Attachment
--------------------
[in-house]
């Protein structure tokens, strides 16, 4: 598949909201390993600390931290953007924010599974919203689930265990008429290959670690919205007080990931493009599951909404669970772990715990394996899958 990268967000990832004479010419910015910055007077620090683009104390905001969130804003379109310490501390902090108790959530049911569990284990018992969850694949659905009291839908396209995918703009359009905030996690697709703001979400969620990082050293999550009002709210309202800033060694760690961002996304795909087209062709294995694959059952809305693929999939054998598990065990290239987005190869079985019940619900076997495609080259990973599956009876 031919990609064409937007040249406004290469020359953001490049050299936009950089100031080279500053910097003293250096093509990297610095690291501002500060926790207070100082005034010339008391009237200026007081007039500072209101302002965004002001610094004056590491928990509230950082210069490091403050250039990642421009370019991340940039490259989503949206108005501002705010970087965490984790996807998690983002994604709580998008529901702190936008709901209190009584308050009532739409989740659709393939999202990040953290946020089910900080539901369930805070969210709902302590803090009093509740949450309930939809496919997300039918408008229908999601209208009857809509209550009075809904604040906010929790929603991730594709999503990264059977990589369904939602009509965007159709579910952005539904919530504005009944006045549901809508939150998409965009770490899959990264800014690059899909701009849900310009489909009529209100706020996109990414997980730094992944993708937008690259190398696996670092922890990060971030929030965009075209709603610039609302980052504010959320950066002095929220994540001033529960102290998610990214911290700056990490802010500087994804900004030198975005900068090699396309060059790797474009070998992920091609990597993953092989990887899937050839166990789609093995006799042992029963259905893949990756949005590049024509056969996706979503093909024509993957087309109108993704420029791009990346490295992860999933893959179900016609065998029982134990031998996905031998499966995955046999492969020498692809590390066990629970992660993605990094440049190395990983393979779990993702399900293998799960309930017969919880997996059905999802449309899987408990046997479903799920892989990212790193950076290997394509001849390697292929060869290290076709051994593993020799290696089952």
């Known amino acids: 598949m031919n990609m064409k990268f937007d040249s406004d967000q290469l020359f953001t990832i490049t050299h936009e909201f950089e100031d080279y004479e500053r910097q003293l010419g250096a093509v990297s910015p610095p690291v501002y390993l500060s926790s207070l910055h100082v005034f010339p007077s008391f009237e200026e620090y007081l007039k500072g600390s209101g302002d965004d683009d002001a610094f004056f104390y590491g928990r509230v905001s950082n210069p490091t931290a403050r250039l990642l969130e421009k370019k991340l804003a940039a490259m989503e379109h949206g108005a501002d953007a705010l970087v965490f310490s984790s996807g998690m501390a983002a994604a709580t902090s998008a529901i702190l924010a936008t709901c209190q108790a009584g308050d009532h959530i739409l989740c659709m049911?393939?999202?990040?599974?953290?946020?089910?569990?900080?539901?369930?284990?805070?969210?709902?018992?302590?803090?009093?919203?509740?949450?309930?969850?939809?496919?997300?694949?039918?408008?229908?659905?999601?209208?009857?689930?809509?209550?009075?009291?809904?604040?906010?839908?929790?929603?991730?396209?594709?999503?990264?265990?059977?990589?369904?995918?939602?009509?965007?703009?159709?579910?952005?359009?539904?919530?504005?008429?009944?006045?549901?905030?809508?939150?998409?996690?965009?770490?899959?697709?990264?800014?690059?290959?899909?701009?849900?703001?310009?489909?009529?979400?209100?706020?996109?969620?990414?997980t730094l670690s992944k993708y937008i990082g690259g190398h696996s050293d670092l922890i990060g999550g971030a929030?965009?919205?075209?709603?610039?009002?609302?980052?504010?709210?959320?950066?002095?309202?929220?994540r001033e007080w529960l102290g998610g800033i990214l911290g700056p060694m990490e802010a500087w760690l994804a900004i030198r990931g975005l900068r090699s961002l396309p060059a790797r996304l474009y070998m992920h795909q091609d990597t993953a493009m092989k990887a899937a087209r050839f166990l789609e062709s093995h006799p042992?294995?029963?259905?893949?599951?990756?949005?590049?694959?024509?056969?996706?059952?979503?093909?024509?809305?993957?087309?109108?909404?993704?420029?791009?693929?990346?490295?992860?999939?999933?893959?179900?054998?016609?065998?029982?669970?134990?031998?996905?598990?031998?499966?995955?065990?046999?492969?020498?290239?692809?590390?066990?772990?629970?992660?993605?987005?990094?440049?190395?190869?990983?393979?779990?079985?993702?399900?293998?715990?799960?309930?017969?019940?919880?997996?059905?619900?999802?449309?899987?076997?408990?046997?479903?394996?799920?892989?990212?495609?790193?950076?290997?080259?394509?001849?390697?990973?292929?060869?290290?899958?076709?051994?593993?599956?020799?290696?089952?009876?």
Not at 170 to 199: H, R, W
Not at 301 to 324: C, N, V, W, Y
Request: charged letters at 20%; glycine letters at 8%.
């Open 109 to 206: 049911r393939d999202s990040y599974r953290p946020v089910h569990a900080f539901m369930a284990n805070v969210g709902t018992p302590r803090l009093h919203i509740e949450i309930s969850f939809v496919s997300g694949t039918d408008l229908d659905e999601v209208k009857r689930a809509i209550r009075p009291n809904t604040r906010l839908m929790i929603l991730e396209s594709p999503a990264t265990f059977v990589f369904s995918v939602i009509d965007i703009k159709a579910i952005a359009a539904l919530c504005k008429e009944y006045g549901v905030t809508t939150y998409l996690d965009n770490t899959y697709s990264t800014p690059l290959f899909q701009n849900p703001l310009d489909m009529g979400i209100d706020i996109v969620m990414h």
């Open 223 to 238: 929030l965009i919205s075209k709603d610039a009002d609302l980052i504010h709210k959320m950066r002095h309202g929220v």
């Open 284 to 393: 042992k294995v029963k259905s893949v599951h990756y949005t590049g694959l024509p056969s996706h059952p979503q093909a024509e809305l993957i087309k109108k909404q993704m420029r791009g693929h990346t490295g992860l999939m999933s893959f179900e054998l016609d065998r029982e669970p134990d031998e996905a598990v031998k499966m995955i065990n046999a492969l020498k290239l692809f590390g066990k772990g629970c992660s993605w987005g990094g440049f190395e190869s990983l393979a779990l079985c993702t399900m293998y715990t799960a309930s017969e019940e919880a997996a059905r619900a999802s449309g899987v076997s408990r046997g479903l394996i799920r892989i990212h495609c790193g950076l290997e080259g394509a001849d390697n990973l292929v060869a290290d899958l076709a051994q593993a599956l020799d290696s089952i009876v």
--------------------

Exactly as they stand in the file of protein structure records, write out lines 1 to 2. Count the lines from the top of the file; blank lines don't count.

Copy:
[in-house]
């Protein structure tokens, strides 16, 4: 598949909201390993600390931290953007924010599974919203689930265990008429290959670690919205007080990931493009599951909404669970772990715990394996899958 990268967000990832004479010419910015910055007077620090683009104390905001969130804003379109310490501390902090108790959530049911569990284990018992969850694949659905009291839908396209995918703009359009905030996690697709703001979400969620990082050293999550009002709210309202800033060694760690961002996304795909087209062709294995694959059952809305693929999939054998598990065990290239987005190869079985019940619900076997495609080259990973599956009876 031919990609064409937007040249406004290469020359953001490049050299936009950089100031080279500053910097003293250096093509990297610095690291501002500060926790207070100082005034010339008391009237200026007081007039500072209101302002965004002001610094004056590491928990509230950082210069490091403050250039990642421009370019991340940039490259989503949206108005501002705010970087965490984790996807998690983002994604709580998008529901702190936008709901209190009584308050009532739409989740659709393939999202990040953290946020089910900080539901369930805070969210709902302590803090009093509740949450309930939809496919997300039918408008229908999601209208009857809509209550009075809904604040906010929790929603991730594709999503990264059977990589369904939602009509965007159709579910952005539904919530504005009944006045549901809508939150998409965009770490899959990264800014690059899909701009849900310009489909009529209100706020996109990414997980730094992944993708937008690259190398696996670092922890990060971030929030965009075209709603610039609302980052504010959320950066002095929220994540001033529960102290998610990214911290700056990490802010500087994804900004030198975005900068090699396309060059790797474009070998992920091609990597993953092989990887899937050839166990789609093995006799042992029963259905893949990756949005590049024509056969996706979503093909024509993957087309109108993704420029791009990346490295992860999933893959179900016609065998029982134990031998996905031998499966995955046999492969020498692809590390066990629970992660993605990094440049190395990983393979779990993702399900293998799960309930017969919880997996059905999802449309899987408990046997479903799920892989990212790193950076290997394509001849390697292929060869290290076709051994593993020799290696089952």